Texas companies still requiring masks despite governor lifting mandate
A number of companies in Texas are continuing to mandate that masks be worn and customers keep a distance from each other to stop the spread of COVID-19 after Gov. Greg Abbott (R) on Tuesday lifted most of the state’s coronavirus restrictions.
“Alamo Drafthouse’s mandatory mask policy remains in place, as well as our 6’ social distancing protocols and all of the other safety measures we’ve had in place across the country since last year,” Alamo Drafthouse tweeted. “We are only following the guidance of the CDC and medical experts, not politicians.”
— Alamo Drafthouse (@alamodrafthouse) March 3, 2021
H-E-B, a supermarket chain, announced that it will still be requiring masks in its stores as well despite the mask mandate being lifted.
“Although there is no longer a statewide mask order, H-E-B believes it is important that masks be worn in public spaces until more Texans and our Partners have access to the Covid-19 vaccine,” Dya Campos, H-E-B’s director of public affairs, said in a statement. “H-E-B will still require all our Partners and vendors to wear masks while at work, and we urge all customers to please wear a mask when in our stores.”
Medical experts have urged states not to reopen too quickly, as the country still has a long way to go with vaccinating the population.
Some businesses, especially those that have direct contact with the public, have been supportive of the mask mandates states have had. Others do not support the mask mandates and believe they should have a choice on whether to wear them.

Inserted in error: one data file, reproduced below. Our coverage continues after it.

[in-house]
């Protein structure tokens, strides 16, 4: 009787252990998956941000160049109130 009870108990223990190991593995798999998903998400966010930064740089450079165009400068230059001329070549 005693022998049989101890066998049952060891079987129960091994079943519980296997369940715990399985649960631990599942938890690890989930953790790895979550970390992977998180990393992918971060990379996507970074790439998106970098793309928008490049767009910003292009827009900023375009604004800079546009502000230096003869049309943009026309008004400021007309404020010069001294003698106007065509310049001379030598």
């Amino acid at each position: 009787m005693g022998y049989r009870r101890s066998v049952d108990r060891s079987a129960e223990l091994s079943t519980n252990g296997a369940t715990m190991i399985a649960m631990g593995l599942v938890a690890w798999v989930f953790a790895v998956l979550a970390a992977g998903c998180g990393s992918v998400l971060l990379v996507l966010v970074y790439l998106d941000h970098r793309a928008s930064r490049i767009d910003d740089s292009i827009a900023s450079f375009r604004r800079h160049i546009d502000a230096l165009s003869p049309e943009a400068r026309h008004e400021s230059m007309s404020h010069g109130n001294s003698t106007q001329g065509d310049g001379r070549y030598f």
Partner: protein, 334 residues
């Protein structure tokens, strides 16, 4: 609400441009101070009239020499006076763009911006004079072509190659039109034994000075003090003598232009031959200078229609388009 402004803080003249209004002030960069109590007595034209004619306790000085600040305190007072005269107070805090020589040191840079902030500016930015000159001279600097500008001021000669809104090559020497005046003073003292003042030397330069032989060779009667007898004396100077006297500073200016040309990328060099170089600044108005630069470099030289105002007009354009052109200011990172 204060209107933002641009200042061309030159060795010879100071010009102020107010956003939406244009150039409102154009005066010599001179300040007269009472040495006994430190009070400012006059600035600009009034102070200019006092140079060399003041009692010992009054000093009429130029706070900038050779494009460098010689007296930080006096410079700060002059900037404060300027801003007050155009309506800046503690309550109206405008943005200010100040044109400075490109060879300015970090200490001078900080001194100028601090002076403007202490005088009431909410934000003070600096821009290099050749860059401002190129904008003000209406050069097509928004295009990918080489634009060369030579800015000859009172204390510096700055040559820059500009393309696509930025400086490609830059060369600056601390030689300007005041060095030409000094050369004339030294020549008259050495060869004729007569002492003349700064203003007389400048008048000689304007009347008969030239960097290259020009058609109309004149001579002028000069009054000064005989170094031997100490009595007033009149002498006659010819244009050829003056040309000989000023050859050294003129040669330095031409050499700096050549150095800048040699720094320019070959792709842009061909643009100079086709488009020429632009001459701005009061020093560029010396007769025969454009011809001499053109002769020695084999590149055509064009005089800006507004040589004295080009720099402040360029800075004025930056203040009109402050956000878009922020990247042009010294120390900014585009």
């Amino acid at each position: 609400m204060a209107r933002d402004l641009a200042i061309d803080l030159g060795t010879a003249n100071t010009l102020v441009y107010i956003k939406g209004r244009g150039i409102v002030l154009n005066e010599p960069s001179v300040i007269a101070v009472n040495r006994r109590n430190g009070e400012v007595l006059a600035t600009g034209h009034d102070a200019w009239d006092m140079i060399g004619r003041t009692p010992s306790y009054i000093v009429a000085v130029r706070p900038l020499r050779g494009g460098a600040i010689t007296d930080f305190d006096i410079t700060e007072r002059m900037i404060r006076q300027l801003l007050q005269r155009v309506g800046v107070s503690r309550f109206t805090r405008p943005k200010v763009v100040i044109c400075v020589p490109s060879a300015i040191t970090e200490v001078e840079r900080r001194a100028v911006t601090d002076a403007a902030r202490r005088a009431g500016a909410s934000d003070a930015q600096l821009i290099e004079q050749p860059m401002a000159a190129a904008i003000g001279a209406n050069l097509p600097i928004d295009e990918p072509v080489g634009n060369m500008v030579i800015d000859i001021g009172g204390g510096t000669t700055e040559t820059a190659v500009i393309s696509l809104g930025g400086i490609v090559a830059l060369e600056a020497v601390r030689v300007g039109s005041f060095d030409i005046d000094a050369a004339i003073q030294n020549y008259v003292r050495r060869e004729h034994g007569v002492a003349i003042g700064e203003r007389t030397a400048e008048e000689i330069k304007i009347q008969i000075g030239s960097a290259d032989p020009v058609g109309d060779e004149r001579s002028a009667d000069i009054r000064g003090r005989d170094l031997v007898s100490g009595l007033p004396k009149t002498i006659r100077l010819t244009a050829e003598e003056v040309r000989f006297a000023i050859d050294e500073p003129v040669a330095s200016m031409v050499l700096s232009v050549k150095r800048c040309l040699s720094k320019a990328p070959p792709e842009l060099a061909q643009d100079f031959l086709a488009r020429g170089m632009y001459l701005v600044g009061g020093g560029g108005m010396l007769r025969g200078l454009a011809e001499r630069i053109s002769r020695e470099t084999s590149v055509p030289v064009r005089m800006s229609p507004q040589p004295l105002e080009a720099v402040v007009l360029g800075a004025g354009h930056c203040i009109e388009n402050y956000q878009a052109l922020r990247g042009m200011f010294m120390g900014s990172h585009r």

More companies and local businesses in Texas such as Macy’s, Target, Kroger, Starbucks, Hyatt Hotels, CVS and Toyota said they will keep coronavirus restrictions on their businesses such as masks and social distancing to combat the deadly virus, which has taken more than 500,000 lives in the US.
Some restaurants and gyms are welcoming Abbott’s move, saying it will help a sector that has been hit hard with capacity restrictions over the past year.
“Restaurants need the dine-in margins to really regain financial success,” said Laura Rea Dickey, CEO of Dickey’s Barbecue Restaurants, told The Wall Street Journal. “It’s good momentum for folks and good news for the industry.”
When Abbott lifted the mask mandate, he said he still expects Texans to exercise caution.
“But it is clear from the recoveries, the vaccinations, the reduced hospitalizations and the safe practices that Texans are using, that state mandates are no longer needed,” Abbott said.
–Updated at 3:51 p.m.